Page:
Not all doom and gloom for Bulls after Benetton ambush, says coach Jake White
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CAPE TOWN - The Bulls looked like a deer caught in the headlights with the way they surrendered meekly to Benetton, and coach Jake White felt that his team “were a bit short of the pace in everything” in Saturday’s 35-8 Rainbow Cup final defeat in Treviso.
Having conquered South African rugby by winning the Super Rugby Unlocked and Currie Cup titles, as well as topping the local log in the Rainbow Cup, the men from Pretoria were favourites to clinch their third trophy at the Stadio di Monigo.
Instead, it was a bit of an ambush as Benetton – captained by former Stormers scrumhalf Dewaldt Duvenage – played with immense passion, accuracy and spark on attack to dominate proceedings.
The Bulls looked lethargic from the outset, and the 32-degree heat and presence of 1 000 spectators seemed to squeeze all the energy out of their performance.
“I don’t think it’s unexpected, to be fair. I’ve coached overseas and I know it’s a completely different game up north here. Treviso are well coached, the same coaching staff (for a few years) – in fact, a couple of their coaches have now been appointed to coach Italy,” White said in an online press conference afterwards.
“A lot of those players have played for Italy in the last couple of months, and when you give them a good start – like we did – and they get the crowd behind them, it’s a very difficult place to play.
“But take nothing away from Treviso. I thought they played really well. They used the wind in the first half really well and pinned us down in our half – they kicked really well.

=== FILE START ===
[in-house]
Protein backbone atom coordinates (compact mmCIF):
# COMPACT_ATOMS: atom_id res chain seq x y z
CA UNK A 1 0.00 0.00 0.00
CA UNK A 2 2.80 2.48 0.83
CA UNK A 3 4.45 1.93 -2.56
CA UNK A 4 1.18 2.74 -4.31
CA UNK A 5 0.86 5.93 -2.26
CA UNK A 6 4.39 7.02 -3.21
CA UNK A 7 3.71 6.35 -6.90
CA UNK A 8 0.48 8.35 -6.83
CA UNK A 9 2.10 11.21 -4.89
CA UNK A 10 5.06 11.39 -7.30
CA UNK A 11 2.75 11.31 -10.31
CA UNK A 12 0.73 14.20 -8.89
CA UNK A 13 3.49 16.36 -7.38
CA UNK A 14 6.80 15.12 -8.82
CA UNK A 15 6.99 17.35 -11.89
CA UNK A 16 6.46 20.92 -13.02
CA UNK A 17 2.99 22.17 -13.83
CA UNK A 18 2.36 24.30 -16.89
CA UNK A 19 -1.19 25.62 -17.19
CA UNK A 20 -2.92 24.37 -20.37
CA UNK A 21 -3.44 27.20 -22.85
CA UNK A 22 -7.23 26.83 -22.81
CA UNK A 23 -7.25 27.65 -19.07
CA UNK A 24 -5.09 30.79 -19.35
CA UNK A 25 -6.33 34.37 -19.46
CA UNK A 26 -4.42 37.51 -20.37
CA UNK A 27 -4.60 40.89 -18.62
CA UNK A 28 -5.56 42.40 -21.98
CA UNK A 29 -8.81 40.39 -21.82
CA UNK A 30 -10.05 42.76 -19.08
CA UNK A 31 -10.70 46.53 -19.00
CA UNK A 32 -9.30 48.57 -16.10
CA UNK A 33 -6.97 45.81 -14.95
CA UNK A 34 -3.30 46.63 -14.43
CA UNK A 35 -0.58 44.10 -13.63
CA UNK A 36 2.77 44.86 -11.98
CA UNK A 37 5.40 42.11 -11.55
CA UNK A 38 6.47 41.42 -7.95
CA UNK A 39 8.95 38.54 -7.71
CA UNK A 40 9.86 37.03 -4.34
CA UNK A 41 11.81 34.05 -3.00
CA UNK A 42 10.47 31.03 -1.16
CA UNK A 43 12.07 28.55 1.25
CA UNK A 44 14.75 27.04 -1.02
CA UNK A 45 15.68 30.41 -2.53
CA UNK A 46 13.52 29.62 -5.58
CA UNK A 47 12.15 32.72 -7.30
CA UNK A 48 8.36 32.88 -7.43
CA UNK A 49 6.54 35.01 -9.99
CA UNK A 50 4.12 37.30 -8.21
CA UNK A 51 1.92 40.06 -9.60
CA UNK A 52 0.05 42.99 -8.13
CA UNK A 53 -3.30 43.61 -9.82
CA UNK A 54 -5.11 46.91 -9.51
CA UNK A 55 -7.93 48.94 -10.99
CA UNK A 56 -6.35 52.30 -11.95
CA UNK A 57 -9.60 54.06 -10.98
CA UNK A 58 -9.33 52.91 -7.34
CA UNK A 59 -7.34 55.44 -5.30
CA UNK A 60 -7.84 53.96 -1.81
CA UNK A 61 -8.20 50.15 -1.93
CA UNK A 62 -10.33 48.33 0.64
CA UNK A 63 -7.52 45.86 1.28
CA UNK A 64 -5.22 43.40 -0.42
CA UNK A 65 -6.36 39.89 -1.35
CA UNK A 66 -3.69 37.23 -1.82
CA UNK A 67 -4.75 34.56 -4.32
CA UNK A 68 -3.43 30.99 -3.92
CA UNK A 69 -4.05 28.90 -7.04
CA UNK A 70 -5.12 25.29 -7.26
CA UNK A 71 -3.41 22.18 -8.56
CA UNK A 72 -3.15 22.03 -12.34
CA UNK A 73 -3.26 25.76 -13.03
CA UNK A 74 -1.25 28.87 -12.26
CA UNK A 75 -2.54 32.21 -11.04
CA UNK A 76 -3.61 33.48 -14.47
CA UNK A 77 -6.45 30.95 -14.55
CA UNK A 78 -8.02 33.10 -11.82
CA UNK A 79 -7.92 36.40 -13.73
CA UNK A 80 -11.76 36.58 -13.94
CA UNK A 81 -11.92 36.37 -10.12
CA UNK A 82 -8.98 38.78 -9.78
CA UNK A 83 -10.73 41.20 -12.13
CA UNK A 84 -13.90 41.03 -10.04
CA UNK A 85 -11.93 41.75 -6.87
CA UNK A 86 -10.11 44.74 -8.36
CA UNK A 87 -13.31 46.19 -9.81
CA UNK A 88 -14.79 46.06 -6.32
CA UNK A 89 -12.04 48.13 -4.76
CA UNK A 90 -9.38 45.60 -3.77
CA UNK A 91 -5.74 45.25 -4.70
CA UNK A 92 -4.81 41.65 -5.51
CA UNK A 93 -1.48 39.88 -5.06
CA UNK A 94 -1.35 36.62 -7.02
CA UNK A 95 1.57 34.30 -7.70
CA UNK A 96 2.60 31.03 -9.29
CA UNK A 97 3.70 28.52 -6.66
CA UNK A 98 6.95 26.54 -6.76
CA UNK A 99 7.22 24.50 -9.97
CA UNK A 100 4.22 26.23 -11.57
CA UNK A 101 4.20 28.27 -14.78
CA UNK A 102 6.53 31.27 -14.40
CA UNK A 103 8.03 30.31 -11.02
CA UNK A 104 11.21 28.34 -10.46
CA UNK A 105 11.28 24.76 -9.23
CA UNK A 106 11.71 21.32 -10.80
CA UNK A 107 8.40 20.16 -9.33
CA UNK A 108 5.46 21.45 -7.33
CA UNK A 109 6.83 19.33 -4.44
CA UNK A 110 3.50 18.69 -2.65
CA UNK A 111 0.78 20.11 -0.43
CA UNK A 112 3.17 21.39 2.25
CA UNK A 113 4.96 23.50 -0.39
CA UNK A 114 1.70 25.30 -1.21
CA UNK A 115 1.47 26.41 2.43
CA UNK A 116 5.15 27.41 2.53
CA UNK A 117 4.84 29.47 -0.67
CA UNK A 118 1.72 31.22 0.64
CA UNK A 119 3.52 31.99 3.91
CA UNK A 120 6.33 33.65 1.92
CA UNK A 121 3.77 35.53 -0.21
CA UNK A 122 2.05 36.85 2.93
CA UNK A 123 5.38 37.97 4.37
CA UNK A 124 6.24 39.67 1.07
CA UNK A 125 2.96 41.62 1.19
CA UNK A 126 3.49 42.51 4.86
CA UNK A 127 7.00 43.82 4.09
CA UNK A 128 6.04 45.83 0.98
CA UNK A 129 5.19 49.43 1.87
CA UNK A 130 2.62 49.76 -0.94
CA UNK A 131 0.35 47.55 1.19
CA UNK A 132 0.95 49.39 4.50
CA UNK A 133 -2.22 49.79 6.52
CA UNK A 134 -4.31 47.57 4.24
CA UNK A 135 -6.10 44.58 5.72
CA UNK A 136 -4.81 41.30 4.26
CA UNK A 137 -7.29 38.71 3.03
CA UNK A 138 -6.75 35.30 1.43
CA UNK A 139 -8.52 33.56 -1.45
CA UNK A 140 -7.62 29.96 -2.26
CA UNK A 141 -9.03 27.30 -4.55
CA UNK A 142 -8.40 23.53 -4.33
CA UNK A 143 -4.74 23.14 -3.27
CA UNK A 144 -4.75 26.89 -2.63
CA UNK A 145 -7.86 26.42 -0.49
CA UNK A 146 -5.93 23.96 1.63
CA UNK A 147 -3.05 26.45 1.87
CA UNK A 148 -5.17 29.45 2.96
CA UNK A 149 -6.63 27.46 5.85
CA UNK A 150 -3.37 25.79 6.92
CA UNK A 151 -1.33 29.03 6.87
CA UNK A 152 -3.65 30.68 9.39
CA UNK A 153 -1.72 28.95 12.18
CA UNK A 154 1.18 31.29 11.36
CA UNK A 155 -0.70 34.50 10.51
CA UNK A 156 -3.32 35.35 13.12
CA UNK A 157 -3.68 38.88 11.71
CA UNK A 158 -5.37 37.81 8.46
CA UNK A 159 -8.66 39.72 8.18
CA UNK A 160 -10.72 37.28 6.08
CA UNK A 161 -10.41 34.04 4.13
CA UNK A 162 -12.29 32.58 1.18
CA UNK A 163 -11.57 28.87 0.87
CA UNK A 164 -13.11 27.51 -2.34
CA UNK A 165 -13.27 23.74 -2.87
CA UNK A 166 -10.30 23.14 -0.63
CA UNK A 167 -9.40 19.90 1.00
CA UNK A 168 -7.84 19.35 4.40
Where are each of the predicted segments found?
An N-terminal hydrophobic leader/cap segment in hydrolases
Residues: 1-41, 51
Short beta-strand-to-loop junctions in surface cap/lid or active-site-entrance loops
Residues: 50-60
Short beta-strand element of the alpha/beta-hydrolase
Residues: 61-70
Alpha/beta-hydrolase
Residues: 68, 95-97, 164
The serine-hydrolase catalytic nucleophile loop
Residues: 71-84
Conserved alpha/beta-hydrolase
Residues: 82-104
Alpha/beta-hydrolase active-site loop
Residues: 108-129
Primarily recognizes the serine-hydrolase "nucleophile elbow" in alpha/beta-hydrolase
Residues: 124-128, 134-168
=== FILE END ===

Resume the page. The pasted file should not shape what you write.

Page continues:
“It was difficult for us to get back into their half, and every time we did, we turned the ball over.”
To his credit, White didn’t want to blame the fact that the Bulls haven’t played an overseas team since the early part of 2020 in Super Rugby for their disastrous display.
But that was definitely a factor, because they looked unprepared for the variety in attack and the rush defence strategy of Benetton throughout.
In addition, they battled to find touch to force more lineouts, and missed a number of one-on-one tackles that gave dangerous runners like wing Monty Ioane great momentum.
Captain Marcell Coetzee’s decision to go for touch instead of the posts from a few early penalties was also puzzling, although it eventually paid off with a try to Madosh Tambwe.
“You can’t single out any player, you can’t single out any… There was no area of the game that we really put a stamp down – whether it was defence, set-piece, attack, breakdown. I just felt we were a bit short of the pace in everything. Every time we had a lineout, we lost it when we could’ve built a bit of pressure,” White said.
“I’m a realist. I’ve enjoyed winning with this group, and enjoyed having the group feel what it’s like to win big games. But today, we got it wrong.
“And take nothing away from Treviso – they played well. They took their chances, they started well, they got field position. You can’t play catch-up rugby when you come to any team in the north. We’ve got to understand that … it’s not local derbies. It’s a different level of rugby when you come here.
“I suppose it’s a little bit of everything. Inexperience, the heat, different venue. First time we’ve played in front of a crowd. You can find anything, but it’s up to us to see what we can do differently, to find a way that if we get into that situation again, that we probably play it better.”